Understanding Depression

Depression is a common response to health problems and is an often underdiagnosed problem in the patient population. People may become depressed as a result of injury or illness; may be suffering from an earlier loss that is compounded by a new health problem; or they may seek health care for somatic complaints that are bodily manifestations of depression.


Depression is a common response to health problems and is an often underdiagnosed problem in the patient population

Clinical depression is distinguished from everyday feelings of sadness by its duration and severity. Most people occasionally feel down or depressed, but these feelings are short-lived and do not result in impaired functioning. Clinically depressed people usually have had signs of a depressed mood or a decreased interest in pleasurable activities for at least a 2-week period.

An obvious impairment in social, occupational, and overall daily functioning occurs in some people. Others function appropriately in their interactions with the outside world by exerting great effort and forcing themselves to mask their distress. Sometimes they are successful at camouflaging their depression for months or years and astonish family members and others when they finally succumb to the problem.


Many people experience depression but seek treatment for somatic complaints. The leading somatic complaints of patients struggling with depression are headache, backache, abdominal pain, fatigue, malaise, anxiety, and decreased desire or problems with sexual functioning (Stuart and Laraia, 2000).

These sensations are frequently manifestations of depression. The depression is undiagnosed about half of the time and masquerades as physical health problems (Carson, 1999). People with depression also exhibit poor functioning and high rates of absenteeism from work and school.

Specific symptoms of clinical depression include feelings of sadness, worthlessness, fatigue, and guilt and difficulty concentrating or making decisions. Changes in appetite, weight gain or loss, sleep disturbances, and psychomotor retardation or agitation are also common. Often, patients have recurrent thoughts about death or suicide or have made
suicide attempts (American Psychiatric Association, 2000).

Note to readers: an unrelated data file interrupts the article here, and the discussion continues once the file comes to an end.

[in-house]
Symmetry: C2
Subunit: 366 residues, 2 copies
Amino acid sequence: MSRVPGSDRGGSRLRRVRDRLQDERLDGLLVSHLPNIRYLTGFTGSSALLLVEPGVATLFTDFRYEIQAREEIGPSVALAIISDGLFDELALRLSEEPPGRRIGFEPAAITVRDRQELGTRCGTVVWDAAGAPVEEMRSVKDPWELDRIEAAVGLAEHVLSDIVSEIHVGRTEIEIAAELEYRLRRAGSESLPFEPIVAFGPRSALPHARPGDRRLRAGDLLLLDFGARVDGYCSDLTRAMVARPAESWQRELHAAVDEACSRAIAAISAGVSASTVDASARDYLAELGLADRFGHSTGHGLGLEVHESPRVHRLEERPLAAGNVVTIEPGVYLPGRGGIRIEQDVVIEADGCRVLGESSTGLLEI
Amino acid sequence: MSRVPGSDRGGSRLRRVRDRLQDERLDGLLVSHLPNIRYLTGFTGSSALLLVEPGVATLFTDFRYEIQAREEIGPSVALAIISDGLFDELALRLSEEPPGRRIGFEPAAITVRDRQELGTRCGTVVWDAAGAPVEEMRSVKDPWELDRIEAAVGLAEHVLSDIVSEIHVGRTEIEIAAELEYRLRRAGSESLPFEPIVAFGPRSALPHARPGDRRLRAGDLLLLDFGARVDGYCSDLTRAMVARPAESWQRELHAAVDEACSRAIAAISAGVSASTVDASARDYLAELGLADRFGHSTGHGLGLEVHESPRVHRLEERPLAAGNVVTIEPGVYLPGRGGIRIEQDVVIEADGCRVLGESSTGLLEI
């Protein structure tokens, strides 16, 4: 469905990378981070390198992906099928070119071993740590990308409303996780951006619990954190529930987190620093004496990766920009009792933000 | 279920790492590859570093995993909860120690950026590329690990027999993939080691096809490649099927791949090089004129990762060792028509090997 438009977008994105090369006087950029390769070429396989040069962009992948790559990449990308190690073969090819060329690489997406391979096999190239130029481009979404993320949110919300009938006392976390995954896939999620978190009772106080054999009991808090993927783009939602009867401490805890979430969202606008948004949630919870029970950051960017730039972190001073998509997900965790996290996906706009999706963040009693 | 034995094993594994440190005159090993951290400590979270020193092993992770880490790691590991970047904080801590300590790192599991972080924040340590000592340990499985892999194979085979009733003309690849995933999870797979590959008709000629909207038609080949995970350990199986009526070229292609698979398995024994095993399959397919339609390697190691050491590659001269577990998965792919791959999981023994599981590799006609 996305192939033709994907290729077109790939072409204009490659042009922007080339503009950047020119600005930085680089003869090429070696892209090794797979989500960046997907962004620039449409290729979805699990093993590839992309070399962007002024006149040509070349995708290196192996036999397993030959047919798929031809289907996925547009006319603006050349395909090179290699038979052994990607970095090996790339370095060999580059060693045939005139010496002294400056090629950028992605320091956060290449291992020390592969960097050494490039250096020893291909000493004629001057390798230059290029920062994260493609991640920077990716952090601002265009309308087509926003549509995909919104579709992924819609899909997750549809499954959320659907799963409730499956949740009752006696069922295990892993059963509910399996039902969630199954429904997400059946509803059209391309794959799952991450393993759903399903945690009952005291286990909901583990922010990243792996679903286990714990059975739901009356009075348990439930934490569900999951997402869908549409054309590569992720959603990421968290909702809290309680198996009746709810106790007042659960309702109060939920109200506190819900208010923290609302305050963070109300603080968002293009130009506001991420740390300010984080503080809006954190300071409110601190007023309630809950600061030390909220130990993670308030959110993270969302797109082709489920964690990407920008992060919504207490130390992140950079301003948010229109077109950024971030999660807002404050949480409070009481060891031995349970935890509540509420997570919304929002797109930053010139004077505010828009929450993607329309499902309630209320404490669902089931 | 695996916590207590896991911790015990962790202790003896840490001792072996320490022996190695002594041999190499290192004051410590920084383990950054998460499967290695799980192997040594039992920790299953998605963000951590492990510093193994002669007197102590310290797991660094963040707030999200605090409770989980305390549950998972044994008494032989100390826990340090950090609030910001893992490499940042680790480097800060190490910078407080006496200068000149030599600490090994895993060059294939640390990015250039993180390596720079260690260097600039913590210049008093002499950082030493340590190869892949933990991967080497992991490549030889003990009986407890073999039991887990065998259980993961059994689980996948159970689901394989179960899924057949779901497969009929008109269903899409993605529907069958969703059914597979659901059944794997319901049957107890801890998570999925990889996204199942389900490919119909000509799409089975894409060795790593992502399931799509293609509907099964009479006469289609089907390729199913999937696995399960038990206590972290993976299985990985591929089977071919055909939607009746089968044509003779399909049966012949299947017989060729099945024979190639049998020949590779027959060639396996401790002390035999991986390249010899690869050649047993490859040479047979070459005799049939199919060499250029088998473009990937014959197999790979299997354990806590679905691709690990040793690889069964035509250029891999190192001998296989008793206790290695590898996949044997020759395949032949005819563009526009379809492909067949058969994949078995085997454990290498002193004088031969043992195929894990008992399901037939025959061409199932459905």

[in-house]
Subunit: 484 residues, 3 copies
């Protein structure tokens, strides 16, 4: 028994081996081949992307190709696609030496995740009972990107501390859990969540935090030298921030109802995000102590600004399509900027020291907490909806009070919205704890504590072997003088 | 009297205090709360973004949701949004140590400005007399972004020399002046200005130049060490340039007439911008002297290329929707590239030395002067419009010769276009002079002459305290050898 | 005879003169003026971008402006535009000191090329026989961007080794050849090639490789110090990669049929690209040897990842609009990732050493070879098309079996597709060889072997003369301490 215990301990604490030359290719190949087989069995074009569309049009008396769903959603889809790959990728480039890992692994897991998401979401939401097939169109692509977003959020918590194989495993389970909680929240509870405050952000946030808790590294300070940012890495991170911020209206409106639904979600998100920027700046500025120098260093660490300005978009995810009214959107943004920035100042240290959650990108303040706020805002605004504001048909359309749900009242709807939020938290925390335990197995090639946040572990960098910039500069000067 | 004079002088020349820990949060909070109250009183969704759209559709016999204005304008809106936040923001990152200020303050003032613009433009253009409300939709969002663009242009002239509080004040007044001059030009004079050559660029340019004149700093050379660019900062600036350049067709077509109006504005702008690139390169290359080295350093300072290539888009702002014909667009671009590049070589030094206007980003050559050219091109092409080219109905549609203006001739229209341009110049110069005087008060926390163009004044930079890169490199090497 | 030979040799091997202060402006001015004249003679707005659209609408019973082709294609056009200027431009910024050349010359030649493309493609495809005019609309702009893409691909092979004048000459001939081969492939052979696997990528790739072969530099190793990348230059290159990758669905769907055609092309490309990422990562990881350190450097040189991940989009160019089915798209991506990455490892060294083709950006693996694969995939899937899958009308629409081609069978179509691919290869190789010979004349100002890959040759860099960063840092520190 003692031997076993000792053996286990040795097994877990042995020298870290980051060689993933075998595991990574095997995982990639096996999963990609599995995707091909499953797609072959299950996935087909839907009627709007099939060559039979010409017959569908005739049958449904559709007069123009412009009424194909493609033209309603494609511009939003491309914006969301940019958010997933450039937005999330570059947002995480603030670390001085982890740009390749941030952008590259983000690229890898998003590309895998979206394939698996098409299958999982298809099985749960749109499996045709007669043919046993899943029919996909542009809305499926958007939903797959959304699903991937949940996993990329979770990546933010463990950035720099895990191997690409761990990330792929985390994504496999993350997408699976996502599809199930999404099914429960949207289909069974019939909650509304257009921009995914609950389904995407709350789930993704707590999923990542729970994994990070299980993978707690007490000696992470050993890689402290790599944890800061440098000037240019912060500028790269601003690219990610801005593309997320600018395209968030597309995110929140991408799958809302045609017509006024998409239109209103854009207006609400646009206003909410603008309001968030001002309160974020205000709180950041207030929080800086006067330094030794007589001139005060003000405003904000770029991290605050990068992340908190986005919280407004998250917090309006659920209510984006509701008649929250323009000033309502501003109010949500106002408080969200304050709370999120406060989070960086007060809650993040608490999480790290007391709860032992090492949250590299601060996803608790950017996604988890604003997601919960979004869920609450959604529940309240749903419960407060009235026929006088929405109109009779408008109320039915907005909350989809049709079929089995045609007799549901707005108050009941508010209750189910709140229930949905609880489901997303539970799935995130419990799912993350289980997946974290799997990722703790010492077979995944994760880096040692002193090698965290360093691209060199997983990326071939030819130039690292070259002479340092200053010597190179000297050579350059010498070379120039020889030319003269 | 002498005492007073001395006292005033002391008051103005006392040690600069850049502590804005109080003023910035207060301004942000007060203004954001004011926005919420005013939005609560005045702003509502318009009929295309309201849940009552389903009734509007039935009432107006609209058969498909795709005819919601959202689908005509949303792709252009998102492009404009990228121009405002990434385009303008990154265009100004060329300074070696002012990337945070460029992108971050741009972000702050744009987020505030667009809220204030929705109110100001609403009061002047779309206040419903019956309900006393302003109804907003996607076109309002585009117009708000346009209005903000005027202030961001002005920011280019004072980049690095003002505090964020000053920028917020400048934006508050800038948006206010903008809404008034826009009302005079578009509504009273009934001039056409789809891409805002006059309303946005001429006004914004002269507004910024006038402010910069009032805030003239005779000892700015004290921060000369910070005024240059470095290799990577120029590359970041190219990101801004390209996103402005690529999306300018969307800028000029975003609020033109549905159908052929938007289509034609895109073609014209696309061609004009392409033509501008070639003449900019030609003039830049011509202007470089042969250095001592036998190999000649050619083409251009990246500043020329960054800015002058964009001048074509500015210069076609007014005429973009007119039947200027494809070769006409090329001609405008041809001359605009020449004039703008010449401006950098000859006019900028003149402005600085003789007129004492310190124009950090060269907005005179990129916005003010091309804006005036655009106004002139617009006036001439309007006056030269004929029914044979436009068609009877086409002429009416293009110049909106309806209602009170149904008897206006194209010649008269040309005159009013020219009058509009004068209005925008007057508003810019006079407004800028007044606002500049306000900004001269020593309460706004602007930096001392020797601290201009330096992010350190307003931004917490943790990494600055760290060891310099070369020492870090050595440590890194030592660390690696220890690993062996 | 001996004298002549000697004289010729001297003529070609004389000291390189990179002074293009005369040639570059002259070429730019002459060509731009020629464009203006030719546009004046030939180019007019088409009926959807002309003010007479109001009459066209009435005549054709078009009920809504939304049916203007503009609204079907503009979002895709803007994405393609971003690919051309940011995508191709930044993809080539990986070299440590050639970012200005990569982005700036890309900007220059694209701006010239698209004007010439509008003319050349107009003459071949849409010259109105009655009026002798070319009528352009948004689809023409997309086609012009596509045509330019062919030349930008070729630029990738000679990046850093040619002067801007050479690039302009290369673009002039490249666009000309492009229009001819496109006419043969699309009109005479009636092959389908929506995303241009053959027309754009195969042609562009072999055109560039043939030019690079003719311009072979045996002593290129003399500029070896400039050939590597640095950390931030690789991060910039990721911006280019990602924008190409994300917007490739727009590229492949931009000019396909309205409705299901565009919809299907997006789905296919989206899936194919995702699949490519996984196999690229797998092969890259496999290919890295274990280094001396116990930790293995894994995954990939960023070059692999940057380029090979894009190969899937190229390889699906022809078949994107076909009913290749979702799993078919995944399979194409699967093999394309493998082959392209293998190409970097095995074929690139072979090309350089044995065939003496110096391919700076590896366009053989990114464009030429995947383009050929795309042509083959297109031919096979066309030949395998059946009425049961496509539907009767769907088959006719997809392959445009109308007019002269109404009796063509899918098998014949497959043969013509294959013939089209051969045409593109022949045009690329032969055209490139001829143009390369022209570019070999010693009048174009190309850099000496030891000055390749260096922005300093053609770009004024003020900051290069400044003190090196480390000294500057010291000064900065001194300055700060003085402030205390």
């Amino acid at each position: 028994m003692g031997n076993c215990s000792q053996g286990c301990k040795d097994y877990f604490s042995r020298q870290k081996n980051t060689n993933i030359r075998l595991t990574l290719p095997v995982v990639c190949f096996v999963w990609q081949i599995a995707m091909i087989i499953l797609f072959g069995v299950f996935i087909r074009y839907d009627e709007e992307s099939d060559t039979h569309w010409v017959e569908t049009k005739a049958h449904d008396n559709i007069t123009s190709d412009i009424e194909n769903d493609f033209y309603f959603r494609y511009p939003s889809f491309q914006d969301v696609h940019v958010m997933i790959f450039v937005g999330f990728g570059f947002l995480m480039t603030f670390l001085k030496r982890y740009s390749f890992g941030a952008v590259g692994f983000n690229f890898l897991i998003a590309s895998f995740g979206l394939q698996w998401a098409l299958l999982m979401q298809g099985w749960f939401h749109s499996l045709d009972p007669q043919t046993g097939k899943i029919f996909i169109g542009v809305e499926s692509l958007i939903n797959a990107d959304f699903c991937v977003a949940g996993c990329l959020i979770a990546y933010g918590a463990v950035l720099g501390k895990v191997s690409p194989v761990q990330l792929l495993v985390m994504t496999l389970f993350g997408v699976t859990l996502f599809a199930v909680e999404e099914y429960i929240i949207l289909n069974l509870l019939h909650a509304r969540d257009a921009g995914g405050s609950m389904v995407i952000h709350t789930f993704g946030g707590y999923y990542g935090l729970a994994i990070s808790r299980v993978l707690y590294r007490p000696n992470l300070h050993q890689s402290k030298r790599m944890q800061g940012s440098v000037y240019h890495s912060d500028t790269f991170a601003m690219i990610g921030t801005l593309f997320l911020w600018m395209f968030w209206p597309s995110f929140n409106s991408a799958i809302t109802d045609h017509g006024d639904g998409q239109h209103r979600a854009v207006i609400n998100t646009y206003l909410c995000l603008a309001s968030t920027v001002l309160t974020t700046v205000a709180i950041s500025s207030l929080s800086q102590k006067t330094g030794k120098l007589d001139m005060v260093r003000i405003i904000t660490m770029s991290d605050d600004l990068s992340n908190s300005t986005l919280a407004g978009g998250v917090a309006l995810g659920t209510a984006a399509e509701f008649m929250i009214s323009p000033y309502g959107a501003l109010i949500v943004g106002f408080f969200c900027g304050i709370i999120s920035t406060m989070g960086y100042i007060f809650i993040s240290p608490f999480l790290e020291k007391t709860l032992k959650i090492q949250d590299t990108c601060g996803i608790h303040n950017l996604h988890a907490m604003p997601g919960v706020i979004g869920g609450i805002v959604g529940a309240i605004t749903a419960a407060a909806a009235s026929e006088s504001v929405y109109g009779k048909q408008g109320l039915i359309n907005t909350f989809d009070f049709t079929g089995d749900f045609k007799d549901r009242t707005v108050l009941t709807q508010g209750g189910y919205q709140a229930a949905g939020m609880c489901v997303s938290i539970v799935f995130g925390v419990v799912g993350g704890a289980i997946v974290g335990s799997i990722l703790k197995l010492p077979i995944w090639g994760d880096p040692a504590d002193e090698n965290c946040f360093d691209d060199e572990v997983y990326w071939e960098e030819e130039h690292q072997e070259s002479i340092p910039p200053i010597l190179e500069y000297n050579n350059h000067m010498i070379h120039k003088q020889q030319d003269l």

A diagnosis of clinical depression is made when a person presents with at least five of nine diagnostic criteria for depression. Unfortunately, only one of three depressed people is properly diagnosed and appropriately treated. In the United States, about 15% of severely depressed people commit suicide, and two-thirds of patients who have committed suicide had been seen by health care practitioners during the month before their death
(National Institute of Mental Health, 1999).

Diagnostic criteria (American Psychiatric Association, 2000)

1. Depressed mood

2. Loss of pleasure or interest

3. Weight gain or loss

4. Sleeping difficulties

5. Psychomotor agitation or retardation

6. Fatigue

7. Feeling worthless

8. Inability to concentrate

9. Thoughts of suicide or death

When patients make statements that are self-deprecating, express feelings of failure, or are convinced that things are hopeless and will not improve, they may be at risk for suicide.

Risk factors for suicide include the following:

• Age younger than 20 or older than 45 years, especially older than 65 years

• Gender—women make more attempts, men are more successful

• Dysfunctional family—members have experienced cumulative multiple losses and possess limited coping skills

• Family history of suicide

• Severe depression

• Severe, intractable pain

• Chronic, debilitating medical problems

• Substance abuse

• Severe anxiety

• Overwhelming problems

• Severe alteration in self-esteem or body image

• Lethal suicide plan

Risk Factors for Depression

• Family history

• Stressful situations

• Female gender

• Prior episodes of depression

• Onset before age 40 years

• Medical comorbidity

• Past suicide attempts

• Lack of support systems

• History of physical or sexual abuse

• Current substance abuse


For all patients, talking about their fears, frustration, anger, and despair can help alleviate a sense of helplessness and facilitate the process of obtaining the necessary treatment. Helping patients learn to cope effectively with conflict, interpersonal problems, and grief, and encouraging patients to discuss actual and potential losses may hasten their
recovery from depression. Patients can also be helped to identify and decrease negative self-talk and unrealistic expectations and shown how negative thinking contributes to depression. All patients with depression should be evaluated to determine whether they would benefit from antidepressant therapy.


In addition to the measures cited previously for helping patients manage depression, research studies indicate a reduction in distress when anxiety and depression are treated with psychoeducational programs, the establishment of support systems, and counseling (Devine and Westlake, 1995). Referrals to psychoeducational programs can be instrumental in helping patients and their families understand depression, treatment options, and coping strategies. (In crisis situations, it is better to refer the patient
to a psychiatrist, psychiatric nurse specialist, or crisis center.) Explaining to patients that depression is a medical illness and not a sign of personal weakness, and that effective treatment will allow them to feel better and stay emotionally healthy, is an important aspect of care (Stuart and Laraia, 2000)


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